Molecule Signals Heart Disease in Early Stages

Study found high levels of protein predicted development of cardiovascular trouble

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By
HealthDay Reporter

MONDAY, July 2, 2007 (HealthDay News) -- A molecule that could be a powerful new marker for heart disease and stroke has passed its first real-world test, researchers report.

In an eight-year study, high blood levels of myeloperoxidase (MPO) were closely associated with the early development of heart disease, and its predictive abilities were independent of classic risk factors such as high cholesterol, high blood pressure and diabetes. The finding is detailed in the July 10 issue of the Journal of the American College of Cardiology.

"This is the first time this particular marker has been looked at in an apparently healthy population," said Dr. Stanley L. Hazen, head of the section of preventive cardiology and cardiac rehabilitation at the Cleveland Clinic. His group has been working on MPO for more than a decade.

Hazen has filed for patents on MPO as a biomarker for cardiovascular disease. MPO tests now are available commercially and "at least five pharmaceutical companies are working to develop inhibitors of MPO," Hazen said.

MPO is a protein secreted by white blood cells. It signals inflammation and releases a bleach-like substance that damages the cardiovascular system. "Over a decade ago, our group showed that it is involved in tissue damage," Hazen said. "There are very large research and genetic studies that link MPO to the development of heart disease."

The new report describes use of MPO levels as a screening tool in a healthy population living in Norfolk, England. MPO readings were taken from thousands of residents at the start of the study. Eight years later, the researchers compared those readings in the 1,138 people who had developed coronary artery disease and 2,237 people, matched for age and sex, who had not.

The incidence of heart disease was 49 percent higher in people ranked among the top 25 percent of MPO levels, compared to those in the lowest quarter. Their risk was 36 percent higher when traditional risk factors including cholesterol levels, high blood pressure, smoking and diabetes were taken into account.

"Even if your other biomarkers were normal, if MPO levels were high, you were at higher risk," Hazen said. "The magnitude of the risk is roughly comparable to the risk of elevated LDL cholesterol."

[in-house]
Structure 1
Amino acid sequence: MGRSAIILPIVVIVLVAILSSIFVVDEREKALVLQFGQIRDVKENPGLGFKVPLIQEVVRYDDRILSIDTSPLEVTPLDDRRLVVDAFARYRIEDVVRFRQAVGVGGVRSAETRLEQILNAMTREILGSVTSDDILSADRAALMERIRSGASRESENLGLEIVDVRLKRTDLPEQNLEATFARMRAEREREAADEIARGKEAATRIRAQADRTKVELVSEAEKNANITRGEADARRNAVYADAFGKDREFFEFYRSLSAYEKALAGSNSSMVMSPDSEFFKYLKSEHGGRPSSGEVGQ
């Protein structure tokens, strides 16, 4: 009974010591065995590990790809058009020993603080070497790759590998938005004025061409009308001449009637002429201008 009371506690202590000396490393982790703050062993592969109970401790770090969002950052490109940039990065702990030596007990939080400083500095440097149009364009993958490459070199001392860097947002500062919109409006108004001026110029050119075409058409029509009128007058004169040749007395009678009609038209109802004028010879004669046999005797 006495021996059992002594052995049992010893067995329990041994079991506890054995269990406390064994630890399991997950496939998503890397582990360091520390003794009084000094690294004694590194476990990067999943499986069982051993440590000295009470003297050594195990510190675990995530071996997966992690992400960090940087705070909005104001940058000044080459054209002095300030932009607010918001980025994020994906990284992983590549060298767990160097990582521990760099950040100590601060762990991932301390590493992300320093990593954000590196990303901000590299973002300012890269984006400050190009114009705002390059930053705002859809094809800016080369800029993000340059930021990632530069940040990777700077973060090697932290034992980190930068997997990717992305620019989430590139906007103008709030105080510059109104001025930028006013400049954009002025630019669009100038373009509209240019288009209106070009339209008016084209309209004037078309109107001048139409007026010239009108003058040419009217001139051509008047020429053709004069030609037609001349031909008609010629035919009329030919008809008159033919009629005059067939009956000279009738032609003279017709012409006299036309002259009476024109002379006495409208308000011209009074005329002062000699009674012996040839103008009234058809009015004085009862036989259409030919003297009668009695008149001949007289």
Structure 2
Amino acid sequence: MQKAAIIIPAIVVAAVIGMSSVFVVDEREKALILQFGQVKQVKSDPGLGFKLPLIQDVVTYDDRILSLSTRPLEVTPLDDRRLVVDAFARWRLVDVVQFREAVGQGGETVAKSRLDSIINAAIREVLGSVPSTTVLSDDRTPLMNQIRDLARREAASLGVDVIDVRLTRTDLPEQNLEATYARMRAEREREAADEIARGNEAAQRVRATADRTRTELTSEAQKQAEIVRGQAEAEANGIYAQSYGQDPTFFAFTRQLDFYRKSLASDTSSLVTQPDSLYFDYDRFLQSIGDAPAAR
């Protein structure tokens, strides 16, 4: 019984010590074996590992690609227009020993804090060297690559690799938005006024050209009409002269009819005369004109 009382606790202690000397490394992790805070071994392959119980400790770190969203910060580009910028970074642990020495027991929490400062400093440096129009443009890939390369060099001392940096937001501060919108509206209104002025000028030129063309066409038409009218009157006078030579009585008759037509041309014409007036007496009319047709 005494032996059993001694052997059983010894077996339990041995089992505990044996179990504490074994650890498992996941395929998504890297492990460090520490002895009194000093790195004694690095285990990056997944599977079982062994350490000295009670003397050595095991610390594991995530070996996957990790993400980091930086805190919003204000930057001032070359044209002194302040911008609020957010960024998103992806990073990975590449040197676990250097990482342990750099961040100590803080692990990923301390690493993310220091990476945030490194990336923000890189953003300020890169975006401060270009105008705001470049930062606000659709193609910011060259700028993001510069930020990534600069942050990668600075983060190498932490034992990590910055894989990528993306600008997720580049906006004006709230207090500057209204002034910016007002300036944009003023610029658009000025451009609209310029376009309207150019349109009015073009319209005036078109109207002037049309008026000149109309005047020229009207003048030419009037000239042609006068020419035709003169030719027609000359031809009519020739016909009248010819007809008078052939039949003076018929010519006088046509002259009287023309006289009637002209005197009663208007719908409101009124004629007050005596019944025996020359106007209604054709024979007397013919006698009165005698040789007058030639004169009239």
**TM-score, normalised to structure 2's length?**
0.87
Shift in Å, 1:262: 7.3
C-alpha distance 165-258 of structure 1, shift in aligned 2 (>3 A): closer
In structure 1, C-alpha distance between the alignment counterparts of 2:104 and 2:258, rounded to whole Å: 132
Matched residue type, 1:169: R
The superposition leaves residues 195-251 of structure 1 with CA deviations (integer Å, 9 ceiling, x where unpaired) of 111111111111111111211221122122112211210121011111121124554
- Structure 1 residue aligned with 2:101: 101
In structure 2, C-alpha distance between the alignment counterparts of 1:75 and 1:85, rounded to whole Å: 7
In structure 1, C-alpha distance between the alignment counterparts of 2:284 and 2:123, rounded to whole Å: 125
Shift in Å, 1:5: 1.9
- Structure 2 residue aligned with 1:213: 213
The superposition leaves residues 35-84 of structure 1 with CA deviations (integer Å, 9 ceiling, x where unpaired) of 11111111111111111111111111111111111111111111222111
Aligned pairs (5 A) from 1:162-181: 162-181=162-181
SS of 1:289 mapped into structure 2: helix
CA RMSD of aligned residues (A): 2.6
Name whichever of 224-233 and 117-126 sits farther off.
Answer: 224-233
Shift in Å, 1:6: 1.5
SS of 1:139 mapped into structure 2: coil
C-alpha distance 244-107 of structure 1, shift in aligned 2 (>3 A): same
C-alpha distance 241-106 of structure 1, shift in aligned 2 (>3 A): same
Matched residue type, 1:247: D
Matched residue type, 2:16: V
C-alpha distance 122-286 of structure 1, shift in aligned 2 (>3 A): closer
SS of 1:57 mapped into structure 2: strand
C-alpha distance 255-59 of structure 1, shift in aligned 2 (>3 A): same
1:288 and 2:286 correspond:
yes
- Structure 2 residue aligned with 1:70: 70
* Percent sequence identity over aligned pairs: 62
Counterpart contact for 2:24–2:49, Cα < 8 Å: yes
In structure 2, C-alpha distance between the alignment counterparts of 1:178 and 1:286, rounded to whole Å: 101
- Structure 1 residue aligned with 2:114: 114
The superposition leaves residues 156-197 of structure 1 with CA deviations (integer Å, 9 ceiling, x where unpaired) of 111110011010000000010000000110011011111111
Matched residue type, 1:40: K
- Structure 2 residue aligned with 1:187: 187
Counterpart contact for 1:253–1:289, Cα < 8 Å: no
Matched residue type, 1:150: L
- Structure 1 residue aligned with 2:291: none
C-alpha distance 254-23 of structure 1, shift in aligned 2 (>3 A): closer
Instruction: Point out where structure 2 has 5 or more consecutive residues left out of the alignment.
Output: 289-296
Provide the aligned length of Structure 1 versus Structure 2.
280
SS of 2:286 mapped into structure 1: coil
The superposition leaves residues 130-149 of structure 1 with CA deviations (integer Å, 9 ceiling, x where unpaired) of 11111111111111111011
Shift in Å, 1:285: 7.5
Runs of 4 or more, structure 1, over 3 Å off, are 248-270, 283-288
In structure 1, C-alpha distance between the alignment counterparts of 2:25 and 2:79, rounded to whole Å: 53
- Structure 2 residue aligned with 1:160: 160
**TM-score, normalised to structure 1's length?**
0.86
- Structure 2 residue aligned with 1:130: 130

LDL cholesterol collects in fatty plaques that eventually block arteries. It is a major target of medications aimed at reducing risk of heart attack and stroke, most notably statins.

The first commercially available test for MPO levels was approved by the U.S. Food and Drug Administration a year ago, Hazen said. "Its first intended use is for evaluating people with a history of chest pain, people who go to the emergency room or cardiologist," he said. His hope is that it eventually will become a standard screening tool.

"We believe it is potentially of utility for people who you don't know may be at risk," he said.

A high MPO reading now indicates that the physician should concentrate on reducing known risk factors, but MPO itself could eventually become a target of drug treatment, he said.

"One fascinating aspect of this study is that this marker of inflammation precedes by nearly a decade the development of clinical coronary disease," Dr. Christopher Cannon, an associate professor of medicine at Harvard Medical School, said in a statement. "This suggests MPO could be used to catch the disease in a very early stage and help in true prevention of coronary artery disease."

MPO might also be a marker for unstable plaque, deposits that can erupt to emit artery-blocking fragments, Cannon added. "More study is needed, but among hundreds of markers tested to date, MPO looks like a keeper that will one day become part of clinical care," he said.

More information

The known risk factors for cardiovascular disease are described by the American Heart Association.

SOURCES: Stanley L. Hazen, M.D., director, section of preventive cardiology and cardiac rehabilitation, Cleveland Clinic; Christopher Cannon, M.D., associate professor, medicine, Harvard Medical School, Boston; July 10, 2007, Journal of the American College of Cardiology

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